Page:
This item is under embargo and not available online per the author's request. For access information, please visit http://libanswers.wustl.edu/faq/5640.

Date of Award

Summer 8-15-2018

Author's School

Graduate School of Arts and Sciences

Author's Department

East Asian Languages and Culture: Chinese

Degree Name

Doctor of Philosophy (PhD)

Degree Type

Dissertation

Abstract

This dissertation looks into tongue-in-cheek moments in Chinese romantic chuanqi plays of the late 17th and 18th centuries and examines their reflections on the chuanqi dramatic genre and its close ties to the discourse of qing (sentiment, feeling). The discourse of qing during the late imperial era highlighted emotional authenticity and spontaneity as the defining elements of oneճ self and celebrated romantic love as an important manifestation of such elements. After Tang Xianzuճ dramatic masterpiece, The Peony Pavilion (Mudanting, 1598), pushed the literary rendition of the discourse of qing to its peak, chuanqi became an important vehicle for representing deep and spontaneous emotions. The standardization of the chuanqi genre, the concentrated interest in the theme of caizi-jiaren (scholar-beauty) love affairs, and the popularity of chuanqi as a writing practice among the educated elite led to the rather predictable problem of repetition and clich. But in many chuanqi compositions, we also witness increased self-reflexivity that directs romantic narratives toward the comic and the ironic.

My dissertation focuses on four chuanqi plays that represent this rhetorical turn: Wu Bingճ The Remedy for Jealousy (Liaodu geng, ca. 1633), Ruan Dachengճ The Swallowճ Letter (Yanzi jian, 1642), Li Yuճ Ideal Love Matches (Yi zhong yuan, 1655), and Wang Yunճ A Dream of Glory (Fanhua meng, 1778). These plays underline the tension between the artificial conventions of the chuanqi genre and the emotional spontaneity that the genre is purported to convey. They also expose many incongruities and contradictions embodied in the concept of qing: qing as both authentic emotion and textual imitation, devoted love and abundant desire, an aspiration for transcendence and an excuse for mundane self-interest. Furthermore, these chuanqi plays and their commentaries demonstrate that behind these incongruities and contradictions lie contested understandings of gendered emotions and ambitions.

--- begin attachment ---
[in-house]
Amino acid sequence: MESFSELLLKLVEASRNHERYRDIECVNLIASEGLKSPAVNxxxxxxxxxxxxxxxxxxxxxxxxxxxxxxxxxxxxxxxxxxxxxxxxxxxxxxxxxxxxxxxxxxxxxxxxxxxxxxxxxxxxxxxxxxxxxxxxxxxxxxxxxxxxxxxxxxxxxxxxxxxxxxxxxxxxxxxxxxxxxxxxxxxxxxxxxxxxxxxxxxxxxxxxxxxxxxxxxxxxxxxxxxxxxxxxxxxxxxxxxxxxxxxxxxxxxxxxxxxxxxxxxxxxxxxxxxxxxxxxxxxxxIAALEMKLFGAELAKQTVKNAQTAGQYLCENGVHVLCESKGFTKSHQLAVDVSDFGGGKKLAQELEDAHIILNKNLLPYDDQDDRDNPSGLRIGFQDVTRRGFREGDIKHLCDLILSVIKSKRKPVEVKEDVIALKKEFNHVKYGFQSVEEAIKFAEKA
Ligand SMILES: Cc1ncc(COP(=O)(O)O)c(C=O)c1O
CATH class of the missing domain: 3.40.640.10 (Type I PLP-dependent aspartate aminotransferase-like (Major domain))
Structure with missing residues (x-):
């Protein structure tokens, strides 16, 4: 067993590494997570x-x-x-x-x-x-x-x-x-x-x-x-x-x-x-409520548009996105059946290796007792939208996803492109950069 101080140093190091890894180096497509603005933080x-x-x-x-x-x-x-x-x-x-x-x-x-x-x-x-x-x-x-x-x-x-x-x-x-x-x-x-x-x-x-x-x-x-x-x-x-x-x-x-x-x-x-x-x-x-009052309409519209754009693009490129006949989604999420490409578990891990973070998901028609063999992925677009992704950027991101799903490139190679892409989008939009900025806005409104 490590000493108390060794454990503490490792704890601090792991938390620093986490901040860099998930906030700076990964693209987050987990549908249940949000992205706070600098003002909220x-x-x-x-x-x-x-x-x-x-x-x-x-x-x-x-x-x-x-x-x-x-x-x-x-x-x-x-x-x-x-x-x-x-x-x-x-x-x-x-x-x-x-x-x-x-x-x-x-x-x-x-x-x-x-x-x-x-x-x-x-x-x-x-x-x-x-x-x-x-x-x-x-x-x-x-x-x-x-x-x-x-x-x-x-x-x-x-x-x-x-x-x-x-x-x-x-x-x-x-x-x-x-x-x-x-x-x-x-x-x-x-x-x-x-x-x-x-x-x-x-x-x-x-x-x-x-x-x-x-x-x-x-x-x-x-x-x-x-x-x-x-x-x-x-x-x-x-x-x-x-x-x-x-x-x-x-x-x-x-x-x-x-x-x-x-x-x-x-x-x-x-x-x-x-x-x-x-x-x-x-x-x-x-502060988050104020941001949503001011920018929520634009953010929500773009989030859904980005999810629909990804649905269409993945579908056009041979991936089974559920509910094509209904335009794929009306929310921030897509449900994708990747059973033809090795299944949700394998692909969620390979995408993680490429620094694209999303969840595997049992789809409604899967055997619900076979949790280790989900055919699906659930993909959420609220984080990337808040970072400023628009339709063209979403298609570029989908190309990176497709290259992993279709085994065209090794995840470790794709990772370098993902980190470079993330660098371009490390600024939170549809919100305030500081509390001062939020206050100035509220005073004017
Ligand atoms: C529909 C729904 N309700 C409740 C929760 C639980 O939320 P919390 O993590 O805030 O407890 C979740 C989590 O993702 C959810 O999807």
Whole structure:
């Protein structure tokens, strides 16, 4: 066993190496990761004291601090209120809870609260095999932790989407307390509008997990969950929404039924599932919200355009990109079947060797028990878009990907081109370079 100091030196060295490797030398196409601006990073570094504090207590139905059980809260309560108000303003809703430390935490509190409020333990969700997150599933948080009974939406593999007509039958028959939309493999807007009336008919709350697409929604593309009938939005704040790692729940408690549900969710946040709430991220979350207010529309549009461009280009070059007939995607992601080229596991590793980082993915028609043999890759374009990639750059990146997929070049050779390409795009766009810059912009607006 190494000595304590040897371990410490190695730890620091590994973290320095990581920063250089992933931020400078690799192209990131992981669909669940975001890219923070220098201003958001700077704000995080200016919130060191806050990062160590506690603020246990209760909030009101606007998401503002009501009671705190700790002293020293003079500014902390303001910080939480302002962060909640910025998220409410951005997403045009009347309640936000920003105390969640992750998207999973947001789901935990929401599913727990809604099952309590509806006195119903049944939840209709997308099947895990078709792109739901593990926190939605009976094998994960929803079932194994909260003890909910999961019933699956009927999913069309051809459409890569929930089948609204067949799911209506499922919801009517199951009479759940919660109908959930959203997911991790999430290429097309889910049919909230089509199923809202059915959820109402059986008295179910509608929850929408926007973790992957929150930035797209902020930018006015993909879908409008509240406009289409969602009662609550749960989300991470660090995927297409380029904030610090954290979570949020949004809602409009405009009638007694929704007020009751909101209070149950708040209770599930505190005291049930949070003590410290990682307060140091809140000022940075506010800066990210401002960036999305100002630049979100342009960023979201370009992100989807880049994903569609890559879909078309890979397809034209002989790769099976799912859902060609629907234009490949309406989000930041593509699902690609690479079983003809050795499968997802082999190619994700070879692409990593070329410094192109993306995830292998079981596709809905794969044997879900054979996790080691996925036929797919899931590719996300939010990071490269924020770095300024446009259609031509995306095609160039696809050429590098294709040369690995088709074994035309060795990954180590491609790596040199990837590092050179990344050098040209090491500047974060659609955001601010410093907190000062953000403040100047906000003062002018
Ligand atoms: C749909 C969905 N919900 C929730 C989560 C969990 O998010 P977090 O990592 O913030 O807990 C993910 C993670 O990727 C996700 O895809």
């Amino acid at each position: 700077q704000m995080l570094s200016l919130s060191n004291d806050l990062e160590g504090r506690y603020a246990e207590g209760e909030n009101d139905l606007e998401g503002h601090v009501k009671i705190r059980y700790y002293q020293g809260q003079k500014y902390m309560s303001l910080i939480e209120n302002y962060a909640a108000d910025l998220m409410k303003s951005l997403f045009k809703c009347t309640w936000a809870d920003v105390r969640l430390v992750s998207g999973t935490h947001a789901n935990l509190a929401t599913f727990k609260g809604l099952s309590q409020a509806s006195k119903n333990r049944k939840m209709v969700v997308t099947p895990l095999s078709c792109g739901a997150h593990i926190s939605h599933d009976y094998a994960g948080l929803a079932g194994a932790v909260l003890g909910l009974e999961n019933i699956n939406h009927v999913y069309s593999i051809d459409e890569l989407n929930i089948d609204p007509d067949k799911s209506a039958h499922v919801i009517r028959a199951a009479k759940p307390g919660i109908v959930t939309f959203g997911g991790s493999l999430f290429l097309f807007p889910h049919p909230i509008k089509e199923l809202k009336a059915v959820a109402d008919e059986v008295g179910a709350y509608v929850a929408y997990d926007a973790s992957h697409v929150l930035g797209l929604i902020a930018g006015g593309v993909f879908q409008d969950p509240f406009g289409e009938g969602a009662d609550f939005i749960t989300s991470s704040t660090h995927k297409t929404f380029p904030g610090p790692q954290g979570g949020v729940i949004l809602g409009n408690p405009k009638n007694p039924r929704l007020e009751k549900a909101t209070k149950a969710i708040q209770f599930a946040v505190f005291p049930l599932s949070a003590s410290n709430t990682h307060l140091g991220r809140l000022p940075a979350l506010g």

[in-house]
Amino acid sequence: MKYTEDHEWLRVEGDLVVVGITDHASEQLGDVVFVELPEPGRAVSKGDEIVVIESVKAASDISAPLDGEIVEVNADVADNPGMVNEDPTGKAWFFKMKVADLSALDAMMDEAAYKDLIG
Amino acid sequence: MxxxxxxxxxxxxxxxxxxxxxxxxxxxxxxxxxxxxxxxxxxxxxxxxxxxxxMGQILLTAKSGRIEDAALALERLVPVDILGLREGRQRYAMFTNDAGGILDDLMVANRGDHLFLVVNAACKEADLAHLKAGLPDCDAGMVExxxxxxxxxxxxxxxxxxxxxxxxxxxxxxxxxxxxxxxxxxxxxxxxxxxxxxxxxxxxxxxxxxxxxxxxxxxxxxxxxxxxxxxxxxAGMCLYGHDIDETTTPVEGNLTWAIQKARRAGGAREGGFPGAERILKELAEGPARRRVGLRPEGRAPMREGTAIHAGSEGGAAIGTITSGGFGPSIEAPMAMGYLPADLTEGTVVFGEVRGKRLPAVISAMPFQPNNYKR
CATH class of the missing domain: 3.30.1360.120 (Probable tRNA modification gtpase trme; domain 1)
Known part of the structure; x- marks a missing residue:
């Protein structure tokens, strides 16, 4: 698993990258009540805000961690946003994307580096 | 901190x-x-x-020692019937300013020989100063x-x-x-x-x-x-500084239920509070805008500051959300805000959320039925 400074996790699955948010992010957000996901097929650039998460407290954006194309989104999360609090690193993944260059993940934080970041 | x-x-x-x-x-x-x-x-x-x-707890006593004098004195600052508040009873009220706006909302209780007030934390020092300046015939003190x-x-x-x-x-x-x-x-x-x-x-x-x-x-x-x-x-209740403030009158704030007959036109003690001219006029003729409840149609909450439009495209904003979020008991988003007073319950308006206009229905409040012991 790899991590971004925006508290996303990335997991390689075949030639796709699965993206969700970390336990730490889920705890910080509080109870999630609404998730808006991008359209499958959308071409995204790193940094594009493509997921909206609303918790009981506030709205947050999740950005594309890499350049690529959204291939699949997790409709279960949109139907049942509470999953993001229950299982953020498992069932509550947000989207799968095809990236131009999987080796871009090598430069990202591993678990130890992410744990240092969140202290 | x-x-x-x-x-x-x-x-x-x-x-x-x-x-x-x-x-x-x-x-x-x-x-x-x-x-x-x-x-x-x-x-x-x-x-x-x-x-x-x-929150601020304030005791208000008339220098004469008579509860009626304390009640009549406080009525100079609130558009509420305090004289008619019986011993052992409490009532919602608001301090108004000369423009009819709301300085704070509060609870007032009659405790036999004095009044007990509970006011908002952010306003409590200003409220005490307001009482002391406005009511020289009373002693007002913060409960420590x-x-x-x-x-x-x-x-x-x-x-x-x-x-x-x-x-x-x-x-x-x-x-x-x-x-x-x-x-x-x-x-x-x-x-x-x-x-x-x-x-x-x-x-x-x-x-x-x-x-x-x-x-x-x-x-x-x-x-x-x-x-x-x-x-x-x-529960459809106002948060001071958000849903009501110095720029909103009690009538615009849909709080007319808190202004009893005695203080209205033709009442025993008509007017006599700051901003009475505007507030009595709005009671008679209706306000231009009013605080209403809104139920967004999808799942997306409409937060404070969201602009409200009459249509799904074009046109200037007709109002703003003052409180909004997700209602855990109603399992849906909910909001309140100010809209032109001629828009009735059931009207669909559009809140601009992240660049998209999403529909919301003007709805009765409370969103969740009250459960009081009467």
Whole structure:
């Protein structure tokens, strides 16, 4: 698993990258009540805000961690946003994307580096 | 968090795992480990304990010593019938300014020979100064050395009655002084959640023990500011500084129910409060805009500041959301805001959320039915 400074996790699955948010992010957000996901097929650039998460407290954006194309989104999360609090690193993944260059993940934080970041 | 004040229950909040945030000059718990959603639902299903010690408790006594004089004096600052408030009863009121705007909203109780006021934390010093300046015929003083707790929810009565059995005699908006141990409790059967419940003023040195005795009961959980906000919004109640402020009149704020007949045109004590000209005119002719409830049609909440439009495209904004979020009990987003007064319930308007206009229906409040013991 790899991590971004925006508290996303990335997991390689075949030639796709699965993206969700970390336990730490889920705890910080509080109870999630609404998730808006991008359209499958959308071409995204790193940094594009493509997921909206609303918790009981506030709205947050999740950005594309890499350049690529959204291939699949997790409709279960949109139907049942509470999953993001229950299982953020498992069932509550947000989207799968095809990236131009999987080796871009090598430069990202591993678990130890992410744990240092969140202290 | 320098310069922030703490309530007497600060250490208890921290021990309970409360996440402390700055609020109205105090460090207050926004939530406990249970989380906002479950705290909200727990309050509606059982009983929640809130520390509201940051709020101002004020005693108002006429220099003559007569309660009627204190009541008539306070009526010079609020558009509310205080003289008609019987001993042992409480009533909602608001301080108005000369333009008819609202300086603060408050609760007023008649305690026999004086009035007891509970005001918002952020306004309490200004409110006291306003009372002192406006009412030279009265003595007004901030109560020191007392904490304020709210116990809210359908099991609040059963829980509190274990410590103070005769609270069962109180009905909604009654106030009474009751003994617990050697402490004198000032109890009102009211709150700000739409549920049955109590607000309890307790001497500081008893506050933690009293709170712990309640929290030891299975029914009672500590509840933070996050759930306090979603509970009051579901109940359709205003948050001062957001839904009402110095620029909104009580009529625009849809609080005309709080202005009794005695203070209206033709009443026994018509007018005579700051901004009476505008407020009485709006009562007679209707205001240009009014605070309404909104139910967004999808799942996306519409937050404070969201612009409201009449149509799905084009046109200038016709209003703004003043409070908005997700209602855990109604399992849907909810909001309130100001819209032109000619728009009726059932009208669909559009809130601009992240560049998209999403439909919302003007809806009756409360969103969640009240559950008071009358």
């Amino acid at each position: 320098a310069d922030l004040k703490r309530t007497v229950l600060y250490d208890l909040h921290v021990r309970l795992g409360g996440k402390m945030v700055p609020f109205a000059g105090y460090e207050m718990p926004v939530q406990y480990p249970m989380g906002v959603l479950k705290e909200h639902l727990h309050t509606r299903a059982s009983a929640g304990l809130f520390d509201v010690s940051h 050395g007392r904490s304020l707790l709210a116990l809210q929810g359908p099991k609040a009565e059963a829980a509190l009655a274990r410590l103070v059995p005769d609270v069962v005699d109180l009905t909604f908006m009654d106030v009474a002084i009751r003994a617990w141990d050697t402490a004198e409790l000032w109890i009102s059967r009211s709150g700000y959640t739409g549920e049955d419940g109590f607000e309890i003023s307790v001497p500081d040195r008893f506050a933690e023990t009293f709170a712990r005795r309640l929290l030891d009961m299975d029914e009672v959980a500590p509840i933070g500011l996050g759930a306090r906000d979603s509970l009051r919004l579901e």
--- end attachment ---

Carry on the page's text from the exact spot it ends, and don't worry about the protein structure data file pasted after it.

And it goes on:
This dissertation recognizes parodies of qing, glorified emotion, as a main source of amusement in romantic chuanqi plays. It is not only a study of a literary genre but also an inquiry into how the development of this genre facilitated reflections on one of the most important intellectual trends in late imperial China.

Language

English (en)

Chair and Committee

Robert E. Hegel

Committee Members

Beata Grant, Robert Henke, Marvin Marcus, Jamie Newhard,

Comments

Permanent URL: 2020-05-22

Available for download on Friday, May 22, 2020

Share

COinS